The Weirdly Familiar Politics of 'Anna Karenina'

Less than two weeks after Election Day, it's easy to watch Joe Wright's new Tolstoy adaptation and be reminded of present-day issues of class and campaigns.

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Of the two historical dramas to hit movie theaters since election night, Steven Spielberg's Lincoln is more likely to be talked about in relation to this year's campaign season. But Anna Karenina, directed by Joe Wright and starring Keira Knightley, is also a story about a house divided. Set inside a sumptuously decaying theater, the world of Tolstoy's heroine can sometimes resemble our own, where life's material dilemmas—about money, marriage, family, and the government's role in each—converge around personal passions and catastrophes. Those issues are still unsettled as the Obama era heads into its second act, and for anyone with politics on the mind, Anna Karenina will be less of a distraction from reality than a reminder of it.

Wright's is the 12th feature-length film to adapt the classic Russian novel, which tells of the romance and ensuing scandal between Anna, wife to the icy middle-aged statesman Karenin (Jude Law), and a rakish young officer, Count Vronsky (Aaron Taylor-Johnson). Tom Stoppard, who wrote the movie's brisk screenplay, sees the story's broad treatment of love as the source of its endurance: "There is love, mother love, baby love, sibling love, carnal love, love of Russia, and so forth. The word 'love' is central to the book, and to our movie."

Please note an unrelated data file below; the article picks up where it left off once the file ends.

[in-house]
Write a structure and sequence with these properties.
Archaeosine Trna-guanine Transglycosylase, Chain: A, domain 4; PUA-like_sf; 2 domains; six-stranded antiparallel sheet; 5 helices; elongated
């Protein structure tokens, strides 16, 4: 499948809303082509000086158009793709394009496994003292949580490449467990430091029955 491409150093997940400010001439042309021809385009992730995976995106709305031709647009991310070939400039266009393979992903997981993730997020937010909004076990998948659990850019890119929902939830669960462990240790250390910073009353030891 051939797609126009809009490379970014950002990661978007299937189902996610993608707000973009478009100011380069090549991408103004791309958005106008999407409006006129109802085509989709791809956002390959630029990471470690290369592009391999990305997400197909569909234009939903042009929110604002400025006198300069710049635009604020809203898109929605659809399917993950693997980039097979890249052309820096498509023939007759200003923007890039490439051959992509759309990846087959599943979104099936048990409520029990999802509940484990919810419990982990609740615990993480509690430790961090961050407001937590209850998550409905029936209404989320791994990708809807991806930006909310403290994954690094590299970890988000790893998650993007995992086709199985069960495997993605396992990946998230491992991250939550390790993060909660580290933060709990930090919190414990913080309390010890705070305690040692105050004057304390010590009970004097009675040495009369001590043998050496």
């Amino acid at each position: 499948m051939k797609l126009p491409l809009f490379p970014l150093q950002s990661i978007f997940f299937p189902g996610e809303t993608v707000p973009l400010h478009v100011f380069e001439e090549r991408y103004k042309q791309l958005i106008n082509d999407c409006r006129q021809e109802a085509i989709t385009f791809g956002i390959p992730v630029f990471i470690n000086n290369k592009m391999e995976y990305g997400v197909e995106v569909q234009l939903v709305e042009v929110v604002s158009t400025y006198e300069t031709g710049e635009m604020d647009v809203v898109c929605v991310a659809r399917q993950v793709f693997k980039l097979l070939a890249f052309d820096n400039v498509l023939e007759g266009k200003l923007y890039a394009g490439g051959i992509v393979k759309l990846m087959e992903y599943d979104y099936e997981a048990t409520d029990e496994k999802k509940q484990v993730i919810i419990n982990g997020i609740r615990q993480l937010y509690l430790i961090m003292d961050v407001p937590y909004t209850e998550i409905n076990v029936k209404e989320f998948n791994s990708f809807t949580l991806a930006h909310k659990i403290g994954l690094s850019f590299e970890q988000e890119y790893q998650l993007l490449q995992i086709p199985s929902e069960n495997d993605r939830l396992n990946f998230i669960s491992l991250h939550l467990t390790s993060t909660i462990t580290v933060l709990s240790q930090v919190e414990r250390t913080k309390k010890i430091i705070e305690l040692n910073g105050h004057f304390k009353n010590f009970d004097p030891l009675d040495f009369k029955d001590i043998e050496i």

By widening their focus, the filmmakers do a credit to Tolstoy's sprawling work, most of all by returning attention to the narrative that complements the Karenina-Vronsky affair: the modest squire Levin (Domhnall Gleeson)'s pursuit of Kitty Oblonsky (Alicia Vikander), Anna's petulant young niece. Knightley's Anna Karenina is a fiercely affectionate mother whom the stirrings of extramarital desire take unaware. In the meantime Kitty, after spurning Levin's advances, undergoes a late blossoming of affection, not only for him but for the people around her. As she rises above her teenage narcissism, Anna sinks into her passion until it overcomes her.

These plotlines run parallel to each other, but you could imagine them as running against each other, too. Together, the two couples offer competing visions not only of love—one transgressive, the other conventional—but of morality in private life. As their paths diverge, it becomes clear which pair will come out on top and which one won't. After a presidential campaign as long and tedious as any Russian novel, that opposition (and its dramatic stakes) could hardly be more familiar. Stoppard insists that in transferring these love stories to the screen he set aside "those parts of the novel that might be about something else." But even with the focus on the personal, the political remains in the frame.

Readers of Anna Karenina will recall the famous lunch of Count Oblonsky, Anna's hedonist brother, whose eyes glisten like the tray of oysters he polishes off early in the novel. When Matthew Macfadyen, playing the devilishly charming philanderer, sits down to enjoy this same meal, there's no sign of indulgence or class guilt on his face: Why shouldn't there be oysters? It's the kind of moment that recalls the times during the campaign when Romney appeared vexed as to why he should have to explain that people earning more than $250,000 a year shouldn't pay higher rates on their incomes. The entitlement of the rich, Oblonsky reminds us, is old indeed.

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Rich Bellis is a freelance writer based in Brooklyn. His music reviews have appeared in BUST.

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